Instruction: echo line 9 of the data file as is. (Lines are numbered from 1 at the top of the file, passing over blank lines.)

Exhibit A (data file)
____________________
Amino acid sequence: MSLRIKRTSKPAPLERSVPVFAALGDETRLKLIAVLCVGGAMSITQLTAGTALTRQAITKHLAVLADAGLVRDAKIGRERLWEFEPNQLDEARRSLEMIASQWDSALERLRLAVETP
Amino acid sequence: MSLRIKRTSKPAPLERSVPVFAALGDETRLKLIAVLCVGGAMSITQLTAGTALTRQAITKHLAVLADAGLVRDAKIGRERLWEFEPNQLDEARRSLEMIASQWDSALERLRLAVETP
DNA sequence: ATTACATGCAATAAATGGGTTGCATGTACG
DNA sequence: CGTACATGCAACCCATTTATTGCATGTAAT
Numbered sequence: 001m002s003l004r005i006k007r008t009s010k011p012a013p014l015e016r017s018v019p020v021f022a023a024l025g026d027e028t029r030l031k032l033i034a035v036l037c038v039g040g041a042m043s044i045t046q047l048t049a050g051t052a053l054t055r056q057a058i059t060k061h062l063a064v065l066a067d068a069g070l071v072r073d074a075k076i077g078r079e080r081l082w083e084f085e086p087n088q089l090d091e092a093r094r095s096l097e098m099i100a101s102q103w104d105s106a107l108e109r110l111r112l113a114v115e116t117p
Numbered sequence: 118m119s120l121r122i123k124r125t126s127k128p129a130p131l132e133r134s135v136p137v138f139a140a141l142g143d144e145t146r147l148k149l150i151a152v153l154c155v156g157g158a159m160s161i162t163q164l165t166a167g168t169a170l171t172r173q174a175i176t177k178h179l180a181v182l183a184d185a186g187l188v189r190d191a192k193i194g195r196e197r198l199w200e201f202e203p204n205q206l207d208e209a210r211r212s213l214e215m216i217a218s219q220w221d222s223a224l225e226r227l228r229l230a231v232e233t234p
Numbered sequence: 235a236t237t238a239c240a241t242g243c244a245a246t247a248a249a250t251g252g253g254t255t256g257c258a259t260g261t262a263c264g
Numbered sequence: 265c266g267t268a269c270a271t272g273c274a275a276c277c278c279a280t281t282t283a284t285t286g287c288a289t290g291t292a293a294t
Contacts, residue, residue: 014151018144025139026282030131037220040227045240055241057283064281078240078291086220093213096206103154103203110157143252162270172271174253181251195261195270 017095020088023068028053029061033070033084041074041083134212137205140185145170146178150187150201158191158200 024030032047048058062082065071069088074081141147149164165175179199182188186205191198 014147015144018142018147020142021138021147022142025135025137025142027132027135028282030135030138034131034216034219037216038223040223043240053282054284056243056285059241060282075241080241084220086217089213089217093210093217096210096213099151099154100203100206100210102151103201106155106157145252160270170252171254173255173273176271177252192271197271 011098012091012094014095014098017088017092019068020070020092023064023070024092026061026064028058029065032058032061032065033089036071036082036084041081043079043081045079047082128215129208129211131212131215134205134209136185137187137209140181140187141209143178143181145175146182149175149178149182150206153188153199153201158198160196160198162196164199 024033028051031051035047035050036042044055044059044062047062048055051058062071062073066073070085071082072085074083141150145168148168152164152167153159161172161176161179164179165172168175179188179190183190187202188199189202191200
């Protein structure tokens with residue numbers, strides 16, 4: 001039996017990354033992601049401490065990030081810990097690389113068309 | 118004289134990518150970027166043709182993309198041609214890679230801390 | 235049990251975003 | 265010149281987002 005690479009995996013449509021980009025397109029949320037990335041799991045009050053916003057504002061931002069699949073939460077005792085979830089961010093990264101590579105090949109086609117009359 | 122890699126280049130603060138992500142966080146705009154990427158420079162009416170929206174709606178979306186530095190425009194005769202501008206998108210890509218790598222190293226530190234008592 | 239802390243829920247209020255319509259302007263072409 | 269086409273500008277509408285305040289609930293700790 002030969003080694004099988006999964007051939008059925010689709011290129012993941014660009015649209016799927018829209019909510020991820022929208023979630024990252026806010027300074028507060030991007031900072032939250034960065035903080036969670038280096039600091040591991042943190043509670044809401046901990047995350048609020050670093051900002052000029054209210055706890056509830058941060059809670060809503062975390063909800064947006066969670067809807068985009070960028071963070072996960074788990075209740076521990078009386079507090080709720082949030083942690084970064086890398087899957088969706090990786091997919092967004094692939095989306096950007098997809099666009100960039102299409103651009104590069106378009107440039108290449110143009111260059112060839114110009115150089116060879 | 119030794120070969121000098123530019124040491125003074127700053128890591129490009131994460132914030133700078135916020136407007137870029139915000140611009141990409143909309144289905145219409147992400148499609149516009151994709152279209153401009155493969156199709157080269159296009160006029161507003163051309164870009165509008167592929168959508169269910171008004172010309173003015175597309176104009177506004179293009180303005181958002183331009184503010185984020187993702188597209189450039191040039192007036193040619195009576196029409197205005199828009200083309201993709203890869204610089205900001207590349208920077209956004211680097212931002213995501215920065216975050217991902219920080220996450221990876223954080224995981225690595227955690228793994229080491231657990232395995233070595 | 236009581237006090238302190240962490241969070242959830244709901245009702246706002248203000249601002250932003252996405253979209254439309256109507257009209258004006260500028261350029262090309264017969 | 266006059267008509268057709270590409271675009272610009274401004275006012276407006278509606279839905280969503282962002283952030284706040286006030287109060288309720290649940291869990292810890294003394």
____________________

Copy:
Contacts, residue, residue: 014151018144025139026282030131037220040227045240055241057283064281078240078291086220093213096206103154103203110157143252162270172271174253181251195261195270 017095020088023068028053029061033070033084041074041083134212137205140185145170146178150187150201158191158200 024030032047048058062082065071069088074081141147149164165175179199182188186205191198 014147015144018142018147020142021138021147022142025135025137025142027132027135028282030135030138034131034216034219037216038223040223043240053282054284056243056285059241060282075241080241084220086217089213089217093210093217096210096213099151099154100203100206100210102151103201106155106157145252160270170252171254173255173273176271177252192271197271 011098012091012094014095014098017088017092019068020070020092023064023070024092026061026064028058029065032058032061032065033089036071036082036084041081043079043081045079047082128215129208129211131212131215134205134209136185137187137209140181140187141209143178143181145175146182149175149178149182150206153188153199153201158198160196160198162196164199 024033028051031051035047035050036042044055044059044062047062048055051058062071062073066073070085071082072085074083141150145168148168152164152167153159161172161176161179164179165172168175179188179190183190187202188199189202191200